The big news of the last few weeks in the Disney fan community has been about the latest slew of upcharge events Walt Disney World is offering. You can read about them in detail here (and here) but I’ll give a quick description if you aren’t familiar with them. An upcharge event at a Disney Park is an event that guests have to pay extra to attend. Basically, you can’t do these ‘events’ with a basic park ticket or park hopper ticket. For years, Disney has offered these events and they did little to no harm because of their infrequency and timing. In the last few years though, Disney has upped the amount of these events culminating in these last two event announcements.
The ‘Disney After Hours’ event has officially been announced and entails spending 3 hours in Magic Kingdom (although you can enter at 7 PM) from 11 PM to 2 AM. (Or 10 PM to 1 AM on select nights.) Complimentary soda and ice cream bars will be offered but the appeal here is the lack of crowds that will be in the parks. There are very few tickets being offered and those in attendance will have next to no lines for Magic Kingdom’s attractions. There is no doubt that this is valuable but the price is $149 and it surely isn’t that valuable, at least in my opinion.
The morning event hasn’t been officially announced but will likely come about in the next few weeks. This event includes a buffet breakfast and entrance into the Magic Kingdom an hour and fifteen minutes before park opening. The Many Adventures of Winnie the Pooh, Seven Dwarfs Mine Train and Peter Pan’s Flight will be open to guests of this event. Attendance here will also be very limited. The price of this event will likely be around $70.
To quickly break from the subject of this post, I do not think either of these events are good values. Sure, they are both valuable just not at the price point that they are currently listed at. With an effective touring plan you can complete almost everything you want to at Magic Kingdom in a typical park day. While standing in line is not the world’s favorite pastime, it’s not worth $150 to avoid. The early morning event may be a tiny bit more valuable but I’m fairly skeptical about any Disney Park breakfast and three rides on popular attractions is not worth an extra $50 to me. I see the appeal of these events, but the offerings aren’t unique enough to truly entice me unless I had unlimited amounts of money. The events are a bad value, especially considering they don’t include park admission.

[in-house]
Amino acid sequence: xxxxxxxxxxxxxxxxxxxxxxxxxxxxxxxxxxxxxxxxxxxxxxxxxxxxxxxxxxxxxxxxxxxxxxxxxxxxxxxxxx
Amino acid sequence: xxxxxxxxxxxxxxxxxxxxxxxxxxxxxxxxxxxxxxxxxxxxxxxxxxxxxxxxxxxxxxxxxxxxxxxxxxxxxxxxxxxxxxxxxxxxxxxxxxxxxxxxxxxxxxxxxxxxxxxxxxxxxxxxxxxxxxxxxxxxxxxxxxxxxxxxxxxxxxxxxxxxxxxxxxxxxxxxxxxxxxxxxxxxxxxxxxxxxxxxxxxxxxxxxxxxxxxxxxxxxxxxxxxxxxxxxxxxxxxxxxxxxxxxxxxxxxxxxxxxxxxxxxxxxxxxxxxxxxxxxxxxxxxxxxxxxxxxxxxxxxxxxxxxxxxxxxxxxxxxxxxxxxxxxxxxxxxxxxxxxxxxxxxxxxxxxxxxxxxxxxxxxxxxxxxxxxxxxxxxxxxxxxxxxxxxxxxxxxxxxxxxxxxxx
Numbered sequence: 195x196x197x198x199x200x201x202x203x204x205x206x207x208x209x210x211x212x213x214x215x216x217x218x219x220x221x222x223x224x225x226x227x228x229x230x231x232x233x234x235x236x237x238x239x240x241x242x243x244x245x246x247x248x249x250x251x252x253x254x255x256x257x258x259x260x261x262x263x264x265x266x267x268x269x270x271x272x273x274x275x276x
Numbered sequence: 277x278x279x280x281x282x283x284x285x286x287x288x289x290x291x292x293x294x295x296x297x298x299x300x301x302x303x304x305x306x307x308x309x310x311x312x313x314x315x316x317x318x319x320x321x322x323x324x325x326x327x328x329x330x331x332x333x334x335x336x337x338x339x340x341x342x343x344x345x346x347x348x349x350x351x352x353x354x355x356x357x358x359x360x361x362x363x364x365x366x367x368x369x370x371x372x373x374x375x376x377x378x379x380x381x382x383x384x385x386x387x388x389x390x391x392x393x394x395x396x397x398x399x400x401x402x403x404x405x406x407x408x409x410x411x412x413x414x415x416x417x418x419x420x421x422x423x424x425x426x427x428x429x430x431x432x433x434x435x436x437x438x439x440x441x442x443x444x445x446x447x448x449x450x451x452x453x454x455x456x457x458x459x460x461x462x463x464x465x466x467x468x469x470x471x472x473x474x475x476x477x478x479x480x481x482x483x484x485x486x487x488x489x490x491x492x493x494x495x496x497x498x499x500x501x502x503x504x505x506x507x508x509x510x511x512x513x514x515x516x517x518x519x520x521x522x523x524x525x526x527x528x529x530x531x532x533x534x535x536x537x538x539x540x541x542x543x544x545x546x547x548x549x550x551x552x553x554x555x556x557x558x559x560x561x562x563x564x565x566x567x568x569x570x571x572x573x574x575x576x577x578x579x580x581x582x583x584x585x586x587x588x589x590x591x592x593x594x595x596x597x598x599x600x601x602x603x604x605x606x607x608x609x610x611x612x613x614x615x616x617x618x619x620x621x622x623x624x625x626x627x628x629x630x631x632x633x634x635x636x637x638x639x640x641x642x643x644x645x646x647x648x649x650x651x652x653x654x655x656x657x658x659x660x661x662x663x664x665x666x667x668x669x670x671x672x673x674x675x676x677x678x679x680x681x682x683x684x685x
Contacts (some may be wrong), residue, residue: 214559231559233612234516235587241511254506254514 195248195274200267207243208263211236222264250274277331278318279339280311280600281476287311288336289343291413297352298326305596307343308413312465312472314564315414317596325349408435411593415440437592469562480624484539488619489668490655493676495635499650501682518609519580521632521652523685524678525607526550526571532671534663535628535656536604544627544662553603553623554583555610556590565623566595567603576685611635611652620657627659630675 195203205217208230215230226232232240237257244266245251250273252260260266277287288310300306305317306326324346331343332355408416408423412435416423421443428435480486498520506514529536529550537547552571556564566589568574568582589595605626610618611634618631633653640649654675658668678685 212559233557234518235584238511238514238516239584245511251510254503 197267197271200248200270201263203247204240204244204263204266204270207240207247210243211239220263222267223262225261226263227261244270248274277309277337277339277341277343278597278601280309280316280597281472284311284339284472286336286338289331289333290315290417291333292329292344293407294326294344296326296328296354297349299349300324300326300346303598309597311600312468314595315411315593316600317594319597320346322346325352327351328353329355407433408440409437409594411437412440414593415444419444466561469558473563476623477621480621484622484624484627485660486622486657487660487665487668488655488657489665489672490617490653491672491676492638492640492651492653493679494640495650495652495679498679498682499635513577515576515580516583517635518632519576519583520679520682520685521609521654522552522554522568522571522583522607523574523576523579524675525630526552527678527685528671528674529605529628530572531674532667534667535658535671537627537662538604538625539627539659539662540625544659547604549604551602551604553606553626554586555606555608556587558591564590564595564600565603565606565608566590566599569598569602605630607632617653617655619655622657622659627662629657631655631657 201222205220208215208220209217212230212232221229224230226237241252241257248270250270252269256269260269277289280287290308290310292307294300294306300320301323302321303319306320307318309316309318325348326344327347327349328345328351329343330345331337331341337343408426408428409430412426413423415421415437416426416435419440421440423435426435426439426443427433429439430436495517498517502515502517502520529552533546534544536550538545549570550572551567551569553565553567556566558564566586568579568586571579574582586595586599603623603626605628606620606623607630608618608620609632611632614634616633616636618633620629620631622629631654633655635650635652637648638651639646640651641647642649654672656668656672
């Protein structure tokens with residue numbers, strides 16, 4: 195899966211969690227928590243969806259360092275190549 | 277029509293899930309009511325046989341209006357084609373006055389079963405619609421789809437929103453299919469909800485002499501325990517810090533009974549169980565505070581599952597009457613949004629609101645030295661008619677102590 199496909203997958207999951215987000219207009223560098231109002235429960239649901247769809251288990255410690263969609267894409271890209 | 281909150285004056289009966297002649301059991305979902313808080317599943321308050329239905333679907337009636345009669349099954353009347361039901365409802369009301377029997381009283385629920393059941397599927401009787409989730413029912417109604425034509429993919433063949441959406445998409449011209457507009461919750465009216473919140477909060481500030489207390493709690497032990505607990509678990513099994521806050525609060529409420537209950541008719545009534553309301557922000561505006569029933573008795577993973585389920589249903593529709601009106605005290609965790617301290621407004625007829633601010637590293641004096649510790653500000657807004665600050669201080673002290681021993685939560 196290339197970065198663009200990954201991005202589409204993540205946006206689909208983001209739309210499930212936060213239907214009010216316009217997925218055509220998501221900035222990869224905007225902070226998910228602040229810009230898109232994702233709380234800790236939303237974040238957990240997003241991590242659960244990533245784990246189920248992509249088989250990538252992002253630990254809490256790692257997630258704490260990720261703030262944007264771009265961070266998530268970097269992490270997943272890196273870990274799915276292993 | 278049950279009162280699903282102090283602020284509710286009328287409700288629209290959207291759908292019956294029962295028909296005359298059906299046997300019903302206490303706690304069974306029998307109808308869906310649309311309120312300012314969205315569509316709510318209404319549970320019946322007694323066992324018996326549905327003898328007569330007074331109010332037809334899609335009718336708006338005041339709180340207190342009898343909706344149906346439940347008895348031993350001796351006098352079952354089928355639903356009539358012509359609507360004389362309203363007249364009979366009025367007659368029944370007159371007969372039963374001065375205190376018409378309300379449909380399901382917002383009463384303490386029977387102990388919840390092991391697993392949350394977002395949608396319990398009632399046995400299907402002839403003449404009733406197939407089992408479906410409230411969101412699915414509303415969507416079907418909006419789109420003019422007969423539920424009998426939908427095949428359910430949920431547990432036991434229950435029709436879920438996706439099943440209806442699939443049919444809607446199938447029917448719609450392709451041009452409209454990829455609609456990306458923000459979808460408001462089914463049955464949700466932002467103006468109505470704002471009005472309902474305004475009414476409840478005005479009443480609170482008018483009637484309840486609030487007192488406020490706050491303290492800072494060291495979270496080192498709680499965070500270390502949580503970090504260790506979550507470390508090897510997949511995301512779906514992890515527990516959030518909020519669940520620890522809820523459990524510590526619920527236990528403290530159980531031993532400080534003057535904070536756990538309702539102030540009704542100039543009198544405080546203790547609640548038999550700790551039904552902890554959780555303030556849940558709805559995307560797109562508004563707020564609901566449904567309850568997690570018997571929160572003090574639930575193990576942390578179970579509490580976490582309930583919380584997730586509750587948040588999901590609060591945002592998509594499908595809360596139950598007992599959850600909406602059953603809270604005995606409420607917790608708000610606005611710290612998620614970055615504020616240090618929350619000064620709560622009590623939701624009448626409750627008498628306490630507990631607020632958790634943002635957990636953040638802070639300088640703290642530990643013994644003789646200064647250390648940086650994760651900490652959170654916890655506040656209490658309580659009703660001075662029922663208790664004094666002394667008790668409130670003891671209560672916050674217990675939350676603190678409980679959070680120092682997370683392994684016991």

So, I won’t go to these events. But do they affect me even if I don’t plan to attend? That has been the debate this week for theme park fans. For years, these upcharge events have either been unique enough (Holiday Parties) or out-of-the-way enough (dessert parties during nighttime spectaculars) to not cause much of an uproar. To be honest, I’m all for Holiday Parties (I’ll be attending my first Mickey’s Not So Scary Halloween Party this Fall) because of their unique offerings. Dessert Parties are fine with me, though I will likely never attend one. But now it seems that Disney is basically offering more park time to those that are willing to pay for it, fans (including me) have grown a little more concerned.
How would these events affect me even though I’m not attending? By cutting down on typical operation time for the parks involved. As of now (discounting the 24-hour party offered last year and not this year) Magic Kingdom offered around 50-60 more hours for guests in April and May in 2015 compared to 2016. That’s bad news for people who don’t want to spend hundreds of dollars on a non-unique event.
Disney has assured guests that this will not eliminate Extra Magic Hours to those who are staying on-site. That’s the good news here. But, what if these events are very successful? Wouldn’t it make sense for a company to eliminate something that is offered for free when people are already paying for it? That is what I’m most worried about when it comes to these events. Disney has shown a greed in the last few years that used to be uncharacteristic to this company.
Now, I know Disney is a company first and foremost that has to do what’s best financially for them. But, cutting back on normal park hours as you keep raising standard ticket prices isn’t a good look and this strategy has fans feeling a little weary of these seemingly constant charges. These announcements came a few weeks after Walt Disney World started charging extra for premium parking. While I don’t think the parking affects guests that won’t use it, the news is just another cause to think that the Disney Parks are nickel and diming us, on top of the thousands of dollars many people pay for their vacation.
In the end, these new events won’t hurt guests that don’t attend them too much. If Disney is true to their word and Magic Hours aren’t affected then the trade-off is less than an hour of operation a day (vs. last year) from the World’s most popular park. That’s still meaningful but not to the degree some are reacting. Where most fans justified concern is coming from is wondering when enough is enough. Disney seems to announce these things monthly, if not weekly. For those of us lowly people who aren’t willing to pay for them (but still spend thousands of dollars) it culminates in us feeling that we haven’t experienced Disney’s full product. That wears on fans, like a sports team that never makes the playoffs, and will eventually hurt Disney’s relationship with those that care most about them. Let’s hope it doesn’t come to that as these two new events take baby steps into that direction.